Lean Not On Your Own Understanding



I read a story about a monk who needed oil, so he planted an olive sapling. Then he began to tell God all that needed to happen. He prayed for rain and the Lord sent gentle showers. Then he prayed for sun—“My tree needs sun”—and the sun shone. “Now frost, my Lord, to brace its tissues.” The little tree stood sparkling with frost, but that evening died.

The next day, the monk sought out a wise mentor and shared his strange experience. The mentor said, “I, too, planted a little tree, and see, it thrives.” He then went on to explain how from the beginning, he had entrusted his tree to God. The mentor said, “He who made it knows better what it needs than a man like me. I laid no condition. I fixed not the ways or means. ‘Lord, send what it needs,’ I prayed, ‘storm or sunshine, wind, rain, or frost.’ Thou hast made it and Thou dost know.’”1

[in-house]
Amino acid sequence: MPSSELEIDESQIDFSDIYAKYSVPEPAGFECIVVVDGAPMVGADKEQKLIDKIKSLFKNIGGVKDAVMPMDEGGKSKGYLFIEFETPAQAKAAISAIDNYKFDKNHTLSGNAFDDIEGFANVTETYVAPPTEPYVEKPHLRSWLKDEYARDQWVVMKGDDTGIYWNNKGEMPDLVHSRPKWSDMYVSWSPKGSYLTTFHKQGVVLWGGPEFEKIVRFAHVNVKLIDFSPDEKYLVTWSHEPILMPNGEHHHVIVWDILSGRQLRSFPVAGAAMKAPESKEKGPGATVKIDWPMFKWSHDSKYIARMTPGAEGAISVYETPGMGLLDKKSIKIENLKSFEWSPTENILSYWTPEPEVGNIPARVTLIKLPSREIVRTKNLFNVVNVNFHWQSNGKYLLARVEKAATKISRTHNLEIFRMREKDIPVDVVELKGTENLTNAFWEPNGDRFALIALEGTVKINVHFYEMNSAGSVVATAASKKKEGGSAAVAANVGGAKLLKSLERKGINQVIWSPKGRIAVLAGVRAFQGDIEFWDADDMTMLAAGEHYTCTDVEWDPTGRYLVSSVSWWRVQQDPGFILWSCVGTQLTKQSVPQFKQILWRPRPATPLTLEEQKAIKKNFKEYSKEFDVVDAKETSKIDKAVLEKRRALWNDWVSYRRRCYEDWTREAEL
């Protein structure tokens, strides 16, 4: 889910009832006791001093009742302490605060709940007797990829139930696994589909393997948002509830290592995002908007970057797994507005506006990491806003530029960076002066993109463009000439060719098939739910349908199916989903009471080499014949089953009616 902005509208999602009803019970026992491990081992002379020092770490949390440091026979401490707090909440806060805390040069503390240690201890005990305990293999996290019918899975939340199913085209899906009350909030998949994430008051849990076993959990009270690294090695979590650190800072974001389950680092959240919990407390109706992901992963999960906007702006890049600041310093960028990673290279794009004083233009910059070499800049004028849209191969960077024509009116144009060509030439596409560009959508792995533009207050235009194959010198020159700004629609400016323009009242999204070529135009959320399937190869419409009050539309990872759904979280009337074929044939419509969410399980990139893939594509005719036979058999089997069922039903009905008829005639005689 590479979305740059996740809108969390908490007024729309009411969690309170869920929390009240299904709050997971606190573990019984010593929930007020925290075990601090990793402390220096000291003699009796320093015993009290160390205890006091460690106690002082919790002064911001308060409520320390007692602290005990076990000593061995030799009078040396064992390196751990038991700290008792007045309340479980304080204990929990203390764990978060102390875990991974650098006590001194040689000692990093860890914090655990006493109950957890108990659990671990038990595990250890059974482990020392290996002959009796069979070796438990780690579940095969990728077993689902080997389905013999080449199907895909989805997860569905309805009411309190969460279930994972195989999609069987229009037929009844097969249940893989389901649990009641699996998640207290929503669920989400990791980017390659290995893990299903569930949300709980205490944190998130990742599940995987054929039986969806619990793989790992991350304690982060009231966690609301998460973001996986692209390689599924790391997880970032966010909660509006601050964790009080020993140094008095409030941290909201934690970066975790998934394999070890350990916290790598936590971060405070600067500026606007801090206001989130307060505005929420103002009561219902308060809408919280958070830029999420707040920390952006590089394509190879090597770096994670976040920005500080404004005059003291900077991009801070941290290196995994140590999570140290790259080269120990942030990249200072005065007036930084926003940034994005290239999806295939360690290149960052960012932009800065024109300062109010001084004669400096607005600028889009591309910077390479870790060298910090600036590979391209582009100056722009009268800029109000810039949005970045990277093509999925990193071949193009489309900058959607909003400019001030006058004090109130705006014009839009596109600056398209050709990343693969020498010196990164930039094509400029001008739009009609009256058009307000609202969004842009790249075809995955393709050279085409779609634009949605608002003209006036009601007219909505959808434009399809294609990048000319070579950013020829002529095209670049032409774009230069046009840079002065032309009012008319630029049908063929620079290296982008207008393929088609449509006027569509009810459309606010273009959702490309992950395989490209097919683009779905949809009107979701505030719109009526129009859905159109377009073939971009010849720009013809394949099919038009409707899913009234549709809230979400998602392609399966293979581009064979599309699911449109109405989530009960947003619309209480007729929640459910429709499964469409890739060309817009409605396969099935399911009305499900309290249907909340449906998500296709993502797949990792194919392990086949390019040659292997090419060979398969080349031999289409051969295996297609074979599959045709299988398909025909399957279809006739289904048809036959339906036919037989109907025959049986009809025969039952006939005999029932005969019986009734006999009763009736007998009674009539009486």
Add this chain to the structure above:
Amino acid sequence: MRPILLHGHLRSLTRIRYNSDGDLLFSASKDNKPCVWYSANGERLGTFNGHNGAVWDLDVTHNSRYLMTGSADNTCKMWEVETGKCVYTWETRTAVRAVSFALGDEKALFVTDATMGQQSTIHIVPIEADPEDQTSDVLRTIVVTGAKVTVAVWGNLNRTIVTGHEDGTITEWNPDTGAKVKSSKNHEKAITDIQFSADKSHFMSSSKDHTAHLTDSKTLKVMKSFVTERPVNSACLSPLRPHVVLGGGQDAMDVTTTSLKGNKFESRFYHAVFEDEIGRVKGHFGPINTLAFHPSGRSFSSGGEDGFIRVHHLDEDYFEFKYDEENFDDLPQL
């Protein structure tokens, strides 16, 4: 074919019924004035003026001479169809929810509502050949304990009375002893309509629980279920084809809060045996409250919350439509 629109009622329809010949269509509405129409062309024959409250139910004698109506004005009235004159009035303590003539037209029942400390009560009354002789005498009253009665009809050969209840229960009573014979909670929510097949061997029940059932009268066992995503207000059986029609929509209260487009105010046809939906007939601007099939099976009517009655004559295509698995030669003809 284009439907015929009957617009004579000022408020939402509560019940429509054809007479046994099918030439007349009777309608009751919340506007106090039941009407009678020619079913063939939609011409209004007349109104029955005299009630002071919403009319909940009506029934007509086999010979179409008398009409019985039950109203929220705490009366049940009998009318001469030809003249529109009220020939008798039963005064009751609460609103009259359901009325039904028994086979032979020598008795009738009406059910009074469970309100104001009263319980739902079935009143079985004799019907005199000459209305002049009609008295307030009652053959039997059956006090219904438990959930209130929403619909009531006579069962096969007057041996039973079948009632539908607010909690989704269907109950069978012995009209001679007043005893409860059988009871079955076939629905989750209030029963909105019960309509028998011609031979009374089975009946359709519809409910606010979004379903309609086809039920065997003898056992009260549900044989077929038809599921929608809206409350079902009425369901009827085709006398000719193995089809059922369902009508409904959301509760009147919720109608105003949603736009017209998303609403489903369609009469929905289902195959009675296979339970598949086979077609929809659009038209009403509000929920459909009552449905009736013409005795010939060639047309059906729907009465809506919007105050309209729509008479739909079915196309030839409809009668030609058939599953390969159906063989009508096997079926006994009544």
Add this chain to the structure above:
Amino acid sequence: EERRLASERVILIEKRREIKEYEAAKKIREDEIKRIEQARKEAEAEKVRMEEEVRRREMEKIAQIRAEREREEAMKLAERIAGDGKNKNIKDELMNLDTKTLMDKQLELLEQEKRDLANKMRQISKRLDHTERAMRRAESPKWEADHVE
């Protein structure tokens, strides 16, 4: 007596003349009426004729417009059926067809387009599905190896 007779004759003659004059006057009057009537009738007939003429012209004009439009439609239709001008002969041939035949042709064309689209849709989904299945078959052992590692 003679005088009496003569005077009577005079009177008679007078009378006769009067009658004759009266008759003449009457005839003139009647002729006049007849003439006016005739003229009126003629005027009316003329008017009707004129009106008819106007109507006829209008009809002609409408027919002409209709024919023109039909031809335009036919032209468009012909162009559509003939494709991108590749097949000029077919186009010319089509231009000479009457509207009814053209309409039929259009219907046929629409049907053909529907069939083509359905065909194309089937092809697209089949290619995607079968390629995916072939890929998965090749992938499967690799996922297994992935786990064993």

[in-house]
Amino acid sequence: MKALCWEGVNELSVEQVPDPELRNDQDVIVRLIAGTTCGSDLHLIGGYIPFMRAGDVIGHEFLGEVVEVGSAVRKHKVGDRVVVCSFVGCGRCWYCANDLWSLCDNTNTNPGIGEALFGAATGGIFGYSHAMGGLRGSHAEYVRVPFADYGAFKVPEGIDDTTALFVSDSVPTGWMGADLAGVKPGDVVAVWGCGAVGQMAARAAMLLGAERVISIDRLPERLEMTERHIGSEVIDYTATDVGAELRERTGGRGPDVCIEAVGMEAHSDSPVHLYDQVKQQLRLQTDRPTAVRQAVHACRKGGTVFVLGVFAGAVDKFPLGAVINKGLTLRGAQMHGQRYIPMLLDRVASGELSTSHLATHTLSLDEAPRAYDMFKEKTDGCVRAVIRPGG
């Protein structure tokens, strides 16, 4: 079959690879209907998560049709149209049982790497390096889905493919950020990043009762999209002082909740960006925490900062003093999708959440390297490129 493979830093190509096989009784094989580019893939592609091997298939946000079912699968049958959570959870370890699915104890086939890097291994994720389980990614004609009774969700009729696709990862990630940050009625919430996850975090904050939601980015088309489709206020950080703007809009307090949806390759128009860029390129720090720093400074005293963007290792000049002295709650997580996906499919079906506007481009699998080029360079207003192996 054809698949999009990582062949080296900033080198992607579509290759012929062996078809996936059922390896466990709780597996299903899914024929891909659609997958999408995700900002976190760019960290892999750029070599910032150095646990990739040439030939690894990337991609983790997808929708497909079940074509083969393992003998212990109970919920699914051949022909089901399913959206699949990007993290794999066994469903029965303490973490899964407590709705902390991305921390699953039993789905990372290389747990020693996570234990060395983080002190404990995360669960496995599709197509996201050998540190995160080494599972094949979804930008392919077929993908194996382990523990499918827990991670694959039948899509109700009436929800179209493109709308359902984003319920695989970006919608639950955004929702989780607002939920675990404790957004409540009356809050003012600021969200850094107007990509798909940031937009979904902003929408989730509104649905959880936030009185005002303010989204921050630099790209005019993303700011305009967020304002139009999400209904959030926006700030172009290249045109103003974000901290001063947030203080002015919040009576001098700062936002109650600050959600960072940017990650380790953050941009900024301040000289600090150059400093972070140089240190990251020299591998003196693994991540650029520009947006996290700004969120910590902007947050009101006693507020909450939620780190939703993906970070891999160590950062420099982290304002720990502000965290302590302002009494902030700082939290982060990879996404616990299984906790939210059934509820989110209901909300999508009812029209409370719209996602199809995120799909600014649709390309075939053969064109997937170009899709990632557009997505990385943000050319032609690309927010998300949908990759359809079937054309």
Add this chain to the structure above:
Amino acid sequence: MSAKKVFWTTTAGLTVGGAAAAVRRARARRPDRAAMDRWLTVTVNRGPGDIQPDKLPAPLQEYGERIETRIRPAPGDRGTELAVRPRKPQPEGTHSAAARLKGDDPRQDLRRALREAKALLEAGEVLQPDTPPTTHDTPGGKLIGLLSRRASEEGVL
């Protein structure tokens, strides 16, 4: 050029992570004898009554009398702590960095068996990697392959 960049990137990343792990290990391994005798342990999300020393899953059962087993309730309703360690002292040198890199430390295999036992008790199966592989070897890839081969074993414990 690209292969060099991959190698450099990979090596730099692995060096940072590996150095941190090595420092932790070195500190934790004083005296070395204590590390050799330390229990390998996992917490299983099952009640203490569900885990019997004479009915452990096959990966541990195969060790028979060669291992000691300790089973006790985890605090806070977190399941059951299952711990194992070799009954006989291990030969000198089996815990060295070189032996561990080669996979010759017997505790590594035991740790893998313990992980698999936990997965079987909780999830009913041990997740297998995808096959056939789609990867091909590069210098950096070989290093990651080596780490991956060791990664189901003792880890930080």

This life is an experience in profound trust—trust in Jesus Christ, trust in His teachings, trust in our capacity as led by the Holy Spirit to obey those teachings for happiness now and for a purposeful, supremely happy eternal existence. To trust means to obey willingly without knowing the end from the beginning (see Prov. 3:5–7). To produce fruit, your trust in the Lord must be more powerful and enduring than your confidence in your own personal feelings and experience.

1Adapted from Streams in the Desert, Barbor Publishing, 1928.


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